Veteran marijuana advocate Steve Fox leaves NCIA to join upstart MJ trade group

Longtime marijuana advocate Steve Fox has left the National Cannabis Industry Association, which he co-founded, to join the upstart Cannabis Trade Federation to promote federal MJ reform.

“It is a larger lobbying team at CTF with a lot of reach into a lot of different offices,” Fox told Marijuana Business Daily.

“And, from the perspective of someone who’s been trying to change federal laws actively since 2002, the opportunity to work with so many people to try to end this battle was too good … to turn down.”

CTF recently announced it was hiring 15 Washington DC-based lobbyists to work on passing the States Act, which would exempt cannabis businesses operating in accordance with state law from the federal Controlled Substances Act.

“We’re putting a full-court press on to try to get that passed during this session,” Fox said.

As a strategic adviser, Fox will be working as a consultant for CTF based in Washington DC.

CTF was formed in April 2018 through the merger of the New Federalism Fund and the American Trade Association of Cannabis and Hemp.

Fox co-founded NCIA in 2010 and worked with the group for eight years. He took an expanded role eight months ago as a strategic adviser to NCIA’s DC efforts.

“This is isn’t any reflection of my feelings about NCIA as an organization or anything like that,” Fox said of his move to CTF. “I completely value my time that I spent with the organization.”

4 comments on “Veteran marijuana advocate Steve Fox leaves NCIA to join upstart MJ trade group
  1. Nate Andrews on

    Does anyone else find it Ironic that a person who co-founded an organization to promote federal MJ reform is leaving said organization to join a new organization who’s mission is to…. wait for it…… promote federal MJ reform? Classy of him not to say anything on his way out the door, but hard not to wonder why a founding member now feels that a new lobbying organization is something the industry needs.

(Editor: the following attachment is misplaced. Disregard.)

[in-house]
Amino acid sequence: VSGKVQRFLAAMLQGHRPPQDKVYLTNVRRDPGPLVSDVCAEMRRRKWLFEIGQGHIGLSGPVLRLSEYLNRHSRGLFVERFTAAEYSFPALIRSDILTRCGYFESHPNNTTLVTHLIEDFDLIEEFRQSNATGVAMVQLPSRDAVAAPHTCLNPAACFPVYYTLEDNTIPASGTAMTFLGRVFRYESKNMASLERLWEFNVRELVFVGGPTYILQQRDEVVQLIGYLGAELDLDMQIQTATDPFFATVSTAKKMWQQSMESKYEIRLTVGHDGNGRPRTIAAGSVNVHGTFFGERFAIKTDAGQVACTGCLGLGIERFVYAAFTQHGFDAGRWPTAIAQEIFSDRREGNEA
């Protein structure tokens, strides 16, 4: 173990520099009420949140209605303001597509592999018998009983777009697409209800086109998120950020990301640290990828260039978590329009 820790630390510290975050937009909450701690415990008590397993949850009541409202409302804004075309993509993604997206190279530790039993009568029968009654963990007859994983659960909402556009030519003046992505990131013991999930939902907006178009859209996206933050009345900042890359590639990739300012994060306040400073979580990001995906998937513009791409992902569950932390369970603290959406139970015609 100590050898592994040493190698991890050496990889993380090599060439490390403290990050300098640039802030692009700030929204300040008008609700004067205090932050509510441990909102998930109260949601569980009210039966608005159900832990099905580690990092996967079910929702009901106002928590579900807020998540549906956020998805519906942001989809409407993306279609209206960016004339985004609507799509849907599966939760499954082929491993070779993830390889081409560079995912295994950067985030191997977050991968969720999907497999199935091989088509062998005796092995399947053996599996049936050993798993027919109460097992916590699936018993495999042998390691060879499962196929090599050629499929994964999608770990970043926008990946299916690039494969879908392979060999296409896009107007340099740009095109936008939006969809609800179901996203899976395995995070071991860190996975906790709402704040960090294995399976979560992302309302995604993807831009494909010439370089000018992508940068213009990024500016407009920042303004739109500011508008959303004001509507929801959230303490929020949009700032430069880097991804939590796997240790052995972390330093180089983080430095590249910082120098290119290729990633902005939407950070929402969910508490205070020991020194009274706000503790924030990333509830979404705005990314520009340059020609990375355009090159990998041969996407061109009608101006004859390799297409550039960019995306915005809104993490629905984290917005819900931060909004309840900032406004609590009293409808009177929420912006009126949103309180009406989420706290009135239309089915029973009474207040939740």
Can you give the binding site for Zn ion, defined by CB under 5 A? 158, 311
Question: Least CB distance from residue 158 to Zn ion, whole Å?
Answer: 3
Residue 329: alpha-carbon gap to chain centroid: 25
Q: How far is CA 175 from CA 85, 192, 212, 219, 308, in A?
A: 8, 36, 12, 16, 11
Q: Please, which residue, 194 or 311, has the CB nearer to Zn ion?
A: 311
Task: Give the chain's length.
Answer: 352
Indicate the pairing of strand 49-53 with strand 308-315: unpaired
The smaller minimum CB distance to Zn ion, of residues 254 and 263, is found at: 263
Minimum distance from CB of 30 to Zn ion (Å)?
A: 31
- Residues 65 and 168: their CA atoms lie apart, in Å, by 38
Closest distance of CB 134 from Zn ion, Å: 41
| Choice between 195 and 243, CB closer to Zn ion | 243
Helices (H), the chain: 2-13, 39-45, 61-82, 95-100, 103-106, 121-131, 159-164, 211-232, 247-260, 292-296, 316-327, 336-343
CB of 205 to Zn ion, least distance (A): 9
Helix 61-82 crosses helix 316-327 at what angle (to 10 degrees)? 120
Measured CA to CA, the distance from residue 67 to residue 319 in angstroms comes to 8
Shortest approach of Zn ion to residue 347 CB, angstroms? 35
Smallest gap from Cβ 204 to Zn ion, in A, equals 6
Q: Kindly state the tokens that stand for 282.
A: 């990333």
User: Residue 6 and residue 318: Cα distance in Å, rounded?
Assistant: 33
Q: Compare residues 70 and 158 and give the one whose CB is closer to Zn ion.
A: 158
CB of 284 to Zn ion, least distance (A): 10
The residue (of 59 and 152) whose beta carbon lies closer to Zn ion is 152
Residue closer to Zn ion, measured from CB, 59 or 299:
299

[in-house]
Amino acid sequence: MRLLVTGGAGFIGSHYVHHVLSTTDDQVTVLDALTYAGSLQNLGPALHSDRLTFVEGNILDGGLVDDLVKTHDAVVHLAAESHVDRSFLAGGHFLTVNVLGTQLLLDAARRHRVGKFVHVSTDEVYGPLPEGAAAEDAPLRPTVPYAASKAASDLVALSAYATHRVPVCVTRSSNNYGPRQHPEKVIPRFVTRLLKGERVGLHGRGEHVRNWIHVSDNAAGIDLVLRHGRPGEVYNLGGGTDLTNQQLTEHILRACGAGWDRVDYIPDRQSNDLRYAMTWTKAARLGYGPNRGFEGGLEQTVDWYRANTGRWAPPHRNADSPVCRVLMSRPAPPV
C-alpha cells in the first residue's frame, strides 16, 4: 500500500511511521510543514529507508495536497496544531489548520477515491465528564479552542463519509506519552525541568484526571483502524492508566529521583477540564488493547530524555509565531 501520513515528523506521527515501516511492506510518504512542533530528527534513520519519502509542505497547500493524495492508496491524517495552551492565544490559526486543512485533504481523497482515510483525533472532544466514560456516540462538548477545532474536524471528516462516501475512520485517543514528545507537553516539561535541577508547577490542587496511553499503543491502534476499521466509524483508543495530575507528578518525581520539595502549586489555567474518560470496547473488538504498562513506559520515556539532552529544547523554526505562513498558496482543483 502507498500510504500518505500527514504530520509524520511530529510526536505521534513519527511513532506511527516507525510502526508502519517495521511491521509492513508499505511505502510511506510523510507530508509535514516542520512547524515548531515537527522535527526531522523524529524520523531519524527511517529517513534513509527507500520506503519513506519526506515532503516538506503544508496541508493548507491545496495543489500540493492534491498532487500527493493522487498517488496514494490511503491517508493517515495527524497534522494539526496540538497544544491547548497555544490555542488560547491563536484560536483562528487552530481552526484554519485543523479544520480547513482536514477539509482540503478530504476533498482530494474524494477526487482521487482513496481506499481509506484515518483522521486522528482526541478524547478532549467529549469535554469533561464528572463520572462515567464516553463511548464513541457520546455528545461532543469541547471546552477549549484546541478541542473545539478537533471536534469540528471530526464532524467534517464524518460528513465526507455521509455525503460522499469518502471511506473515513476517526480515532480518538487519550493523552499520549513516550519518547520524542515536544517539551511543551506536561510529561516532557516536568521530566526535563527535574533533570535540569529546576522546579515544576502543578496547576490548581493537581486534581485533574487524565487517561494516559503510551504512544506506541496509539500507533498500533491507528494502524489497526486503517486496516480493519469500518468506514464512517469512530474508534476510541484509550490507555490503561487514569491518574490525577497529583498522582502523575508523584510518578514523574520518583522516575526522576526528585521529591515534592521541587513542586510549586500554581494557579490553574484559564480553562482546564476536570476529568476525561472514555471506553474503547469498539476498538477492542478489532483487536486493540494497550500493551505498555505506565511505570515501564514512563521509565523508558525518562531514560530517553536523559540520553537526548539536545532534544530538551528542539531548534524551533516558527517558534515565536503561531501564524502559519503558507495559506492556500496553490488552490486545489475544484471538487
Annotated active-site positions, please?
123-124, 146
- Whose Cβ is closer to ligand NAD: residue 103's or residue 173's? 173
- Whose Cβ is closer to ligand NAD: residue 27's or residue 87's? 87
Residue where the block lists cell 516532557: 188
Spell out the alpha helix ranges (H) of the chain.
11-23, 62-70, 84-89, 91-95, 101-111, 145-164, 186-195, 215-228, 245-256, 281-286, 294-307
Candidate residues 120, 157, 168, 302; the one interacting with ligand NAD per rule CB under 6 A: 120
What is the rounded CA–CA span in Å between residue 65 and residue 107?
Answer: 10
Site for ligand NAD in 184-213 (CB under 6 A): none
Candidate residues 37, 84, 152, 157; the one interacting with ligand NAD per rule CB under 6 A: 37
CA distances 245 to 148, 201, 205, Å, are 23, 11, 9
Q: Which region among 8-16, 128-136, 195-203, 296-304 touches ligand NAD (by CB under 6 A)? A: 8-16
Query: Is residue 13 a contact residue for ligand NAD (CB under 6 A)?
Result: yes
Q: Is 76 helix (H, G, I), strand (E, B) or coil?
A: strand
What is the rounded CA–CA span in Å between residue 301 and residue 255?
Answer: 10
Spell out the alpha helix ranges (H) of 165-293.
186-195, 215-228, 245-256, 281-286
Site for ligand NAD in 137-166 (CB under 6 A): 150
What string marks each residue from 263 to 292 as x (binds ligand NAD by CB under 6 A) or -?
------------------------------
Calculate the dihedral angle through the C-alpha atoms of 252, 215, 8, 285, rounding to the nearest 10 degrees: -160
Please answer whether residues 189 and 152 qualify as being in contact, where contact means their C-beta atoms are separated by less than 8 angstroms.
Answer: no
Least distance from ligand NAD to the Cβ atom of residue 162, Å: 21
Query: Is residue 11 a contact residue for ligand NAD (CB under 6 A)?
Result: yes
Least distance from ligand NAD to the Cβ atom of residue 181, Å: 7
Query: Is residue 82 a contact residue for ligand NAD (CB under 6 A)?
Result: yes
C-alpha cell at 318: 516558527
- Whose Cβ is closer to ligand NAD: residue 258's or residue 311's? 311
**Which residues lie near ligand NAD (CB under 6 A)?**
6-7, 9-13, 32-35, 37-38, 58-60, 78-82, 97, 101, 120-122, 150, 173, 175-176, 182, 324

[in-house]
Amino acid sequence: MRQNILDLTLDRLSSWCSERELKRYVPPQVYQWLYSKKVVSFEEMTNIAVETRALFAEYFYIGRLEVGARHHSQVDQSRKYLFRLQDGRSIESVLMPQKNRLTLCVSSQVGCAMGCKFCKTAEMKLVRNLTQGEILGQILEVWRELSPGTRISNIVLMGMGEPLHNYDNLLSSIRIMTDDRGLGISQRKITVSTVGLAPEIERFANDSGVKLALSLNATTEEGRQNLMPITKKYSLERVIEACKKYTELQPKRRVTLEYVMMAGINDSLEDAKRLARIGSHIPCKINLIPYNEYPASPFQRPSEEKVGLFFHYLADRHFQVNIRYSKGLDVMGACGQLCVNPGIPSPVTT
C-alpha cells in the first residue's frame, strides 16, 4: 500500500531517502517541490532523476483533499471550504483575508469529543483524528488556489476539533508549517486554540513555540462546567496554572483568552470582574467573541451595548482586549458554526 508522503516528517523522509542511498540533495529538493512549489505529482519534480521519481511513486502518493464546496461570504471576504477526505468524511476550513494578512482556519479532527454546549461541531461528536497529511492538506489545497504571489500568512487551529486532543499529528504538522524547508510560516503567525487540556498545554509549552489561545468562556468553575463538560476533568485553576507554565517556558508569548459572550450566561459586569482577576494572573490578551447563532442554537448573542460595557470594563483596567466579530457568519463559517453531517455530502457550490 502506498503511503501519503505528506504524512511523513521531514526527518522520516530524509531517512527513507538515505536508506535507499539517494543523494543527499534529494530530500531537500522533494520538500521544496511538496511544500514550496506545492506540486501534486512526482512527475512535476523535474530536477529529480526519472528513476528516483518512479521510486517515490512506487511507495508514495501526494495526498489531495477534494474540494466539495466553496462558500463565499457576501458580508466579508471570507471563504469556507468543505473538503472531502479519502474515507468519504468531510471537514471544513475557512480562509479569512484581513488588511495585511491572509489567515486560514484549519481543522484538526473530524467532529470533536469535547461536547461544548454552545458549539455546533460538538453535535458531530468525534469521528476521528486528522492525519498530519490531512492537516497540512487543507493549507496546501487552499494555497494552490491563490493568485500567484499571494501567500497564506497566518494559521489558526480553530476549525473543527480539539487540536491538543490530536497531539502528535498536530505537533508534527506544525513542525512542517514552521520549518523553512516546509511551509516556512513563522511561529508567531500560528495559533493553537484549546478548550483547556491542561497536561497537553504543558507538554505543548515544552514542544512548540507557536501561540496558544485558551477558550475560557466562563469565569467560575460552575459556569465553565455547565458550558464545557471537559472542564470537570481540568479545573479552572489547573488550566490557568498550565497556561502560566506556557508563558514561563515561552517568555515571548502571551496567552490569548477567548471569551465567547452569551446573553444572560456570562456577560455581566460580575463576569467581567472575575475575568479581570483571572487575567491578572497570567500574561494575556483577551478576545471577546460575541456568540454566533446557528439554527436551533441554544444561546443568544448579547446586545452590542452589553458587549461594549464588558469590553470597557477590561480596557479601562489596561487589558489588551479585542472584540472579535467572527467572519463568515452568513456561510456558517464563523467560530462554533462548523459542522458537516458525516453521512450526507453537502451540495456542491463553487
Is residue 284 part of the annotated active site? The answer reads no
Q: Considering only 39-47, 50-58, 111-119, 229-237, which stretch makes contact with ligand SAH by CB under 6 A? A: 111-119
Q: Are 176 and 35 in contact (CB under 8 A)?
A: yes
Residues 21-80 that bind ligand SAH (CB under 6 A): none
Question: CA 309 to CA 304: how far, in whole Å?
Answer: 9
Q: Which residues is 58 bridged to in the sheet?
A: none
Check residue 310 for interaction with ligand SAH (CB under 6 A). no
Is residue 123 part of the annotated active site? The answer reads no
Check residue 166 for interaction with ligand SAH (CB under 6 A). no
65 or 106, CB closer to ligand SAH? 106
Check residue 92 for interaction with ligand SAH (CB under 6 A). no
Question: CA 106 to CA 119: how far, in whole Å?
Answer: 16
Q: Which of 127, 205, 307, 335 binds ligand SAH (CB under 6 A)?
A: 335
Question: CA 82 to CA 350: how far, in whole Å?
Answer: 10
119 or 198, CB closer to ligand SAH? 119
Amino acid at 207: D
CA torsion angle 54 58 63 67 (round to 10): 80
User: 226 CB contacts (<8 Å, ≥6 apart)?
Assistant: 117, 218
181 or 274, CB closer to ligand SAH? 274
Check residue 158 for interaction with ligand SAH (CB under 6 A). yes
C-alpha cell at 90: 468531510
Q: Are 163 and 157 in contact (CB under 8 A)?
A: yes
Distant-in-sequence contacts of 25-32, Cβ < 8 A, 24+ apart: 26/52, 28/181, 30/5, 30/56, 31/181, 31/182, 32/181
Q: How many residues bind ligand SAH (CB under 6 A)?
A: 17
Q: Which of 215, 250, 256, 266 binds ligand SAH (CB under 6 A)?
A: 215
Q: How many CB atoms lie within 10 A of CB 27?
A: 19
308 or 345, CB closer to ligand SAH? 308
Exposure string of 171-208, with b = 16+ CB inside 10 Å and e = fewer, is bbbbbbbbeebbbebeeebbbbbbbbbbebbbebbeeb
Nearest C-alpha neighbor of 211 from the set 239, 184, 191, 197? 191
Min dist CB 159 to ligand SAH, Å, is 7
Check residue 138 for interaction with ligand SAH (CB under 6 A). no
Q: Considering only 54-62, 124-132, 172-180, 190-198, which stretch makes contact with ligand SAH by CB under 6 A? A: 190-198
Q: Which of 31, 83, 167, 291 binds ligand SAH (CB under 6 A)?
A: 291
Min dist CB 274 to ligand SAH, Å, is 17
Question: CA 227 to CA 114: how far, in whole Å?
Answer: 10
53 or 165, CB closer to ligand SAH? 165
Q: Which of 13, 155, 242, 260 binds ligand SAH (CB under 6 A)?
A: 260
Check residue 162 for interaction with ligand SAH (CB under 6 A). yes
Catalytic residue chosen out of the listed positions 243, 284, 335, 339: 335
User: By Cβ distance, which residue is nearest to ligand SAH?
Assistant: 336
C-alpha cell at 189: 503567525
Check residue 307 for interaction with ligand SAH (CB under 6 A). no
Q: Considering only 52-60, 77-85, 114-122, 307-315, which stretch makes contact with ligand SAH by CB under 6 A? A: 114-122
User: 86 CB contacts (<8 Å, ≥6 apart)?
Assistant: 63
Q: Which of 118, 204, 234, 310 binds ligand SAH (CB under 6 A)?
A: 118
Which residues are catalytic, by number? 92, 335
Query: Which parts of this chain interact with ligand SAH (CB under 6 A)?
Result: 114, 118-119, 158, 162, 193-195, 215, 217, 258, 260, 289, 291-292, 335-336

Reply
    • Rick on

      Nope, he’s getting access to more lobbyists and an organization with deeper reach, sounds like a well informed business decision to me.

      Reply
      • nate andrews on

        I think you missed my point. It WAS a well informed business decision. The question is why was it necessary? The answer is that NCIA in an “Industry advocate” in name only now, really just concerned with collecting membership money and trying to monetize new markets via events to pay their ever-growing salaries & perks for themselves.

        Reply
    • Ronnie Davis on

      It takes a Army! With his experience and background it sounds like a great move for him and every activist! As far as a new organization for DC… we need some powerful speakers, educated and experienced to influence DC about what should be our rights. He’s not the first founding member to move on. In corporate America it’s not always allowed/advised to speak about a move in position until the official move takes place. I can only imagine what is involved with a move when it involves political parties and DC lawmakers when you are a select few in position to do battle to overturn/overcome prohibition and all the taboos around legalization of marijuana. I’m going to choose to view this as a positive and support this new organization along with all organizations who stand for legalization and overturning prohibition on a federal level. Federal reform needs to happen and the public needs laws to be made the same as tobacco and alcohol industries. If your pro legalization & can’t be in DC yourself, then why not support those that make it their life mission to do just that!? I’m proud of and thankful every pro activist past and present that rally for our rights! Waving Green Flag!

      Reply

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